National identities

The characterisation of the protagonists is much more abstract than in Westfront 1918 and Die andere Seite. The protagonists are first of all exponents of nationalities, which lends the film a rather exemplary character. As was the case with Westfront 1918, in whose credits the actors were only designated by characteristics, the programme brochure for Niemandsland gives the names of the actors in combination with the nationalities that they repre sent.56 Remarkably, the name of the black actor Lewis Douglas is followed by the epithet African rather than French-African, despite the fact that he wears a French uniform. It is also remarkable that four of the characters in the film increasingly use their proper names as the narrative progresses - Brown, Durant, Kohler and Lewin - with the exception of the African, who remains without a proper name.57 The presence of a black character in the narrative may also be connected to the fact that the colour of the skin is a characteristic that divides people but which, in contrast to the national symbols, cannot be 'taken off'. It seems as if Trivas has tried to solve this problem by presenting the African as a superior human being, by which he tackles the false sense of superiority among white people, who are the most divided at the beginning of the film. In this way he levels the relationship between the races, not only white against black, but also Europe against Africa.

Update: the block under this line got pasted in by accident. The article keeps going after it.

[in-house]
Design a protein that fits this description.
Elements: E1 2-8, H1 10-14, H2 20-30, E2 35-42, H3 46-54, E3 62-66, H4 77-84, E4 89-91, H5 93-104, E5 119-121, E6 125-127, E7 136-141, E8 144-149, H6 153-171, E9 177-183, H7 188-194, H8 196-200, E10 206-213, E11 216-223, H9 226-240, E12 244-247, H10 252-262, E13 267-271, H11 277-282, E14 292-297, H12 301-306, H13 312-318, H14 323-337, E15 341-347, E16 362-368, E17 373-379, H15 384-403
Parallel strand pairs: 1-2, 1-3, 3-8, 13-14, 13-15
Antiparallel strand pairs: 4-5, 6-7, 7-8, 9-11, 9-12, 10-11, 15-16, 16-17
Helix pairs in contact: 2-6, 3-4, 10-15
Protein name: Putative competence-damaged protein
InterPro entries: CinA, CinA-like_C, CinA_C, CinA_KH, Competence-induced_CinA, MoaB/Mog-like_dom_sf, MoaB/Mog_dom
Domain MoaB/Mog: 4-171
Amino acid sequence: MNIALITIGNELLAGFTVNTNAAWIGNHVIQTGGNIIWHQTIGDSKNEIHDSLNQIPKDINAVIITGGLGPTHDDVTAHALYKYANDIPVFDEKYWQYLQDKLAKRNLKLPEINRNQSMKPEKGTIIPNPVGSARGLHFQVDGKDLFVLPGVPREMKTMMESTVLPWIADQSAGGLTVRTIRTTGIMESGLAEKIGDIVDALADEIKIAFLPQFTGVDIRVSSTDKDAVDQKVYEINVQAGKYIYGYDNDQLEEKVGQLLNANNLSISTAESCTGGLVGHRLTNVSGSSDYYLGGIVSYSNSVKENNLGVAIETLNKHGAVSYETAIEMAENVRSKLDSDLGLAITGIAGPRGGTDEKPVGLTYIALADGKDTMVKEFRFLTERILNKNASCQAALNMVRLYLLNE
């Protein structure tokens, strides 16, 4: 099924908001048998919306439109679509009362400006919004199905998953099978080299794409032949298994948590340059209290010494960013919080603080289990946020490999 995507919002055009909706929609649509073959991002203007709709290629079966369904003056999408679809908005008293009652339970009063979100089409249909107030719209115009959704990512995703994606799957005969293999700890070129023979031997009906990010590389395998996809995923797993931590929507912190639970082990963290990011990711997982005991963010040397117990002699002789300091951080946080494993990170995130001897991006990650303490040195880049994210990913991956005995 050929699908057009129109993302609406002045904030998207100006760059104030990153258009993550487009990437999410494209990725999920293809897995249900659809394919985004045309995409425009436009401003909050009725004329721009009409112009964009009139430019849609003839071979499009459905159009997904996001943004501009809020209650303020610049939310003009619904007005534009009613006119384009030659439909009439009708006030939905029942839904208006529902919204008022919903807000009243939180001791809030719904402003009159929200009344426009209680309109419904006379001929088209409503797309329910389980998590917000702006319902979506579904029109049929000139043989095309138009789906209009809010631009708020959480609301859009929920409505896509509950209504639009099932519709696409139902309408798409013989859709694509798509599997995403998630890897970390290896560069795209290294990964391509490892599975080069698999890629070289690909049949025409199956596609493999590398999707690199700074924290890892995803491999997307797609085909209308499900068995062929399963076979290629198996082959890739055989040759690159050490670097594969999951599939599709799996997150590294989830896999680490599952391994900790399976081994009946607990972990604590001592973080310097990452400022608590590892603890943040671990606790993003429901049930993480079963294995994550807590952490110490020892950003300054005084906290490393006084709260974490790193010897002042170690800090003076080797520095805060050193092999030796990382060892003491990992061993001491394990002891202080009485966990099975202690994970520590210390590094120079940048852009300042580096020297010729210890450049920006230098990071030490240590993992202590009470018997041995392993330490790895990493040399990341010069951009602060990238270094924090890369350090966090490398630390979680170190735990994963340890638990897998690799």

The Jew, who has also been placed at a distance from the other parties, may have been meant as the African's counterpart. Both of them fulfil a recon-ciliatory function. The African bridges the gap between the parties because he speaks his languages, the Jew because he has no language at all. In the film, both of them represent those who are oppressed on the basis of racial characteristics or who are considered inferior. This would tally with the anti-imperialist stance shown in the rest of the film.58 It is clear that Trivas has the African fulfil a role in his film that was the opposite of the African played in Pabst's film.

Despite the stereotypical approach, the film emphasises the notion that the differences are only relative. Nowhere in the film are they contrasted, except for the moment when a discussion about the causes of the war develops. Above all, Niemandsland shows that national identity is a construction that manifests itself in exterior symbols. If one discards these manifest symbols, the 'naked' man will appear, differences will be erased and motives for waging war will disappear. Trivas solves the problem of language differences via the characters of the African and the Jew. In contrast to Westfront 1918 and Die andere Seite, Niemandsland shows us a group of soldiers which is not only composed of various nationalities, but which also actually turns against the war. This last aspect becomes visible especially towards the end of the film. It also becomes apparent in an earlier part of the film, in the ruin, when there is desertion, initially involuntary but later as a result of a conscious choice. The idea of an international brotherhood, the main leitmotif in the film, is connected with an act of pacifism, refusing military service (even though this occurs after they have actually joined the army). Their refusal to continue to take part in the war is motivated by the discovery that the similarities between them are greater than the differences. At the end of the film, the relative passiv ity that characterised the situation in the ruin changes into a certain aggression towards the war, which is presented as an abstract antagonist in the last scene.